After reflecting on 2018 and thinking about what I wanted to achieve in 2019, I decided that, above all, I just wanted to find happiness, whether that’s in my writing, a post-grad job, or anything else. It wasn’t until I ventured down to Florida with my family that I realized just how flawed the word ‘happy’ is in our society and how that understanding has come to affect so many of our lives, including my own.
It all started when we went to an open mic night at Common Grounds, a spunky little coffee shop in Lake Worth, Florida. It seems like the entire town tries to squeeze in on these Saturday nights. The chairs are filled and there’s usually a crowd standing in the back. You never know exactly what you’re going to get: singers, comedians, musicians, spoken word poets. One time I watched a guy pace across the stage and recite a conversation he had with God. Everyone is welcomed with open arms, and it feels more like a family gathering than sitting in a coffee shop.
One particular poet caught my attention when she started talking about the difference between happiness and joy. I thought it was pretty silly to try and differentiate between two words that many people saw as synonyms. They both just make you feel good, right?
She started explaining that happiness is great, but fleeting. Like that new guy you just met who makes you feel so giddy and unstoppable, she said, happiness is the friend who takes you out to a really fun party and gets you drunk, but leaves when the lights come on and it’s time to clean up. Happiness will lift you up, but it will never stay to catch you when you fall.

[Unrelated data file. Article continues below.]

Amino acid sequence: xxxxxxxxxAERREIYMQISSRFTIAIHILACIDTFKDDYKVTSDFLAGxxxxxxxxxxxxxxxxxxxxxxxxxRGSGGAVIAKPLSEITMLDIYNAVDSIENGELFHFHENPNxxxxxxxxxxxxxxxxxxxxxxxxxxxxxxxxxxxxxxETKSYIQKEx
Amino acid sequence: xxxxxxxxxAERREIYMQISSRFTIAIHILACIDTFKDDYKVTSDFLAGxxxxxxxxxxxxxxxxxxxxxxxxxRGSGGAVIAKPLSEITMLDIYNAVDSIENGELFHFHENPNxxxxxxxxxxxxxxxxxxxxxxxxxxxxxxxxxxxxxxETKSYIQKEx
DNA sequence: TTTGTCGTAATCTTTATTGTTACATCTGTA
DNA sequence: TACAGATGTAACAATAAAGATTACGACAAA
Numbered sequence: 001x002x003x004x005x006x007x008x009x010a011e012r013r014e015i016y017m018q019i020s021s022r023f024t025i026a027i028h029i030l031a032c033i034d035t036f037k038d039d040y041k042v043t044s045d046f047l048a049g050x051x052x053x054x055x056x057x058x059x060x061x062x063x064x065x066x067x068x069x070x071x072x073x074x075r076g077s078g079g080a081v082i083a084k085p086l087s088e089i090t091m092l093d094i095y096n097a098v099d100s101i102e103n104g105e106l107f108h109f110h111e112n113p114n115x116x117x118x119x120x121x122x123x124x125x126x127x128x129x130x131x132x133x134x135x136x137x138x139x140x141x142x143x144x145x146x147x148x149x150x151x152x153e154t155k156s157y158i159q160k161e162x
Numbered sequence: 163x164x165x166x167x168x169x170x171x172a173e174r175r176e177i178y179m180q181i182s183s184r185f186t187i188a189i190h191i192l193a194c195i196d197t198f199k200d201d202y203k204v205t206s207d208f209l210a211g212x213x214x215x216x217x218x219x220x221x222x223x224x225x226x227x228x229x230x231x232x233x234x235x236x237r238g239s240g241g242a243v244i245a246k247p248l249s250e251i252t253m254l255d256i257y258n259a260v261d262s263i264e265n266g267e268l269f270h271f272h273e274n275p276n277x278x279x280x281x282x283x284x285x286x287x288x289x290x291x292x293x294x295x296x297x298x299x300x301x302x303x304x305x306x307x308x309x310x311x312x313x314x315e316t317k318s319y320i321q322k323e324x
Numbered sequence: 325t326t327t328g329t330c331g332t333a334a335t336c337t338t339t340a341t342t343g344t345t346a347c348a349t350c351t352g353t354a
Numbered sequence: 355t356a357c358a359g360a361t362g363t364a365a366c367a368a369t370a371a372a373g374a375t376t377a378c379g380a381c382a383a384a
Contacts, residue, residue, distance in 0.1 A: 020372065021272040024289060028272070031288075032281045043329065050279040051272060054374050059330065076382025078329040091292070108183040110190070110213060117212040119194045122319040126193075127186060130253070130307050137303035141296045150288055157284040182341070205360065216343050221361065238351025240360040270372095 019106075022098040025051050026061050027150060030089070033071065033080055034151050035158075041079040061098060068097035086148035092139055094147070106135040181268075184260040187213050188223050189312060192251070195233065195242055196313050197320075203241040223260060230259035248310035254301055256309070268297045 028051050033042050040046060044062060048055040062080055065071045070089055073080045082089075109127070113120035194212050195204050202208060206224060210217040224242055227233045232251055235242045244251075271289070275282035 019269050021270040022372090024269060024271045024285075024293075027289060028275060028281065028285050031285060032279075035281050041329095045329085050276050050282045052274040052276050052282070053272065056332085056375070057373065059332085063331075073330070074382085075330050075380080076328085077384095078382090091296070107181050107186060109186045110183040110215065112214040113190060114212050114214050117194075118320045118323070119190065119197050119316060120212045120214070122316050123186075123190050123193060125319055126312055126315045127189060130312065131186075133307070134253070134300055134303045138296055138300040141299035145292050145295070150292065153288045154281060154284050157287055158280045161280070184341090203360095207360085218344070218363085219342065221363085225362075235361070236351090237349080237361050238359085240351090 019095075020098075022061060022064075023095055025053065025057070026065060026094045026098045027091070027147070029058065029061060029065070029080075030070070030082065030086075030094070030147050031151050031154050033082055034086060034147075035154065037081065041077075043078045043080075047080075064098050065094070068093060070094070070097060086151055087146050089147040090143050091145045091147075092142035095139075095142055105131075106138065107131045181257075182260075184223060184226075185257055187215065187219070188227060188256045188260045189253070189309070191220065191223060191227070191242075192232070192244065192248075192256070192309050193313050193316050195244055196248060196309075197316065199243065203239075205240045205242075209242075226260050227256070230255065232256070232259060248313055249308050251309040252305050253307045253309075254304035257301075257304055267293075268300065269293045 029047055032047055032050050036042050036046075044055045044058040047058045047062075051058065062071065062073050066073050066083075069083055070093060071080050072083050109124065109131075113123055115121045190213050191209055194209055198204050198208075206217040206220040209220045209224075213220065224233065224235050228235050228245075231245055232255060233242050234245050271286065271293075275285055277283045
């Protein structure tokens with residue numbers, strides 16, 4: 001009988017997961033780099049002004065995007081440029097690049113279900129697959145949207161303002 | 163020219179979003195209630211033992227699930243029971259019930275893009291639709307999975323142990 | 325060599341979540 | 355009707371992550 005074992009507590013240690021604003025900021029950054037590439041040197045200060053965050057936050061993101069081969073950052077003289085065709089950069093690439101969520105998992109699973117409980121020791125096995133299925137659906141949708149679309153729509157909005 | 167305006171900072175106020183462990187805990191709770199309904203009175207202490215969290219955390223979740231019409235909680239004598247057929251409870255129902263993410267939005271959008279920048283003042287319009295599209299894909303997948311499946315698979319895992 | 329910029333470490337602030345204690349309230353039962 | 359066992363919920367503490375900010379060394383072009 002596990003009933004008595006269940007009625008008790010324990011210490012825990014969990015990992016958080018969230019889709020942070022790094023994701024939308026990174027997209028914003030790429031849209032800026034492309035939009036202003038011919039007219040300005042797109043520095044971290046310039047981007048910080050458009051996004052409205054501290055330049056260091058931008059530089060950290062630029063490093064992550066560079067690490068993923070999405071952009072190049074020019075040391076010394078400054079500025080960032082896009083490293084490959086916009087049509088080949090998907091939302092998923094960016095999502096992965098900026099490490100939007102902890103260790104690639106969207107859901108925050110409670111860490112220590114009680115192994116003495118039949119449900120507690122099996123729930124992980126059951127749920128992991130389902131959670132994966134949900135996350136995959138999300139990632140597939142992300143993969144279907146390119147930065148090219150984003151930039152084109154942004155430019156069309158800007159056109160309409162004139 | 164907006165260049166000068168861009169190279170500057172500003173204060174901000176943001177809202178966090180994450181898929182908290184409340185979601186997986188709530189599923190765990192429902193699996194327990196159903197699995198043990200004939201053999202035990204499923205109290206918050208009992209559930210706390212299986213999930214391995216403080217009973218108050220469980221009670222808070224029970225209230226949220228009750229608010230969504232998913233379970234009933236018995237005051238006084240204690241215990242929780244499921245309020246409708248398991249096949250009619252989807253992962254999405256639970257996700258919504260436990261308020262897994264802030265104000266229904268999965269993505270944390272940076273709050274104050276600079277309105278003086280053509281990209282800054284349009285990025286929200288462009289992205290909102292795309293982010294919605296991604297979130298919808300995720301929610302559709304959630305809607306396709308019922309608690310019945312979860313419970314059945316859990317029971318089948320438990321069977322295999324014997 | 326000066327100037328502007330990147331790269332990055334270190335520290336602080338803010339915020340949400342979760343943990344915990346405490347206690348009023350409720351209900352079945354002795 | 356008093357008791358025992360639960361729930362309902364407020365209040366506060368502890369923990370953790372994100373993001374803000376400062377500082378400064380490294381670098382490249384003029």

Joy, on the other hand, she said, is something that fills you up. It’s not just that small part of a fleeting memory, but a way to live. It’s the way we observe the world around us, the way we handle the good, the bad, and all of the moments in between. Joy is finding something deeper within ourselves and being able to find something good in everything.
This is when I started to get it. I sat at this open mic night and slowly began to feel the world shift around me. There’s this misconception that life is always supposed to be happy. That’s how it always looks on Instagram, doesn’t it? Just because I don’t feel happy all the time, does that mean I’m doing something wrong? What about the days when everything is just average?
And that’s where I think we all get stuck, especially Americans. We’re searching for permanent happiness, when all it will ever be is fleeting. I decided that I want a life filled with happy moments, but a soul filled with joy. Joy comes not from a fun night out with friends, but knowing that the unspoken bonds you share will last a lifetime. From knowing that everyday you live is a good one because it means you are alive. Accepting that pain and failure are vital parts of life that help us grow stronger. I realized that you can search and you can look all over the world for joy, but the only place you will ever find it is within yourself.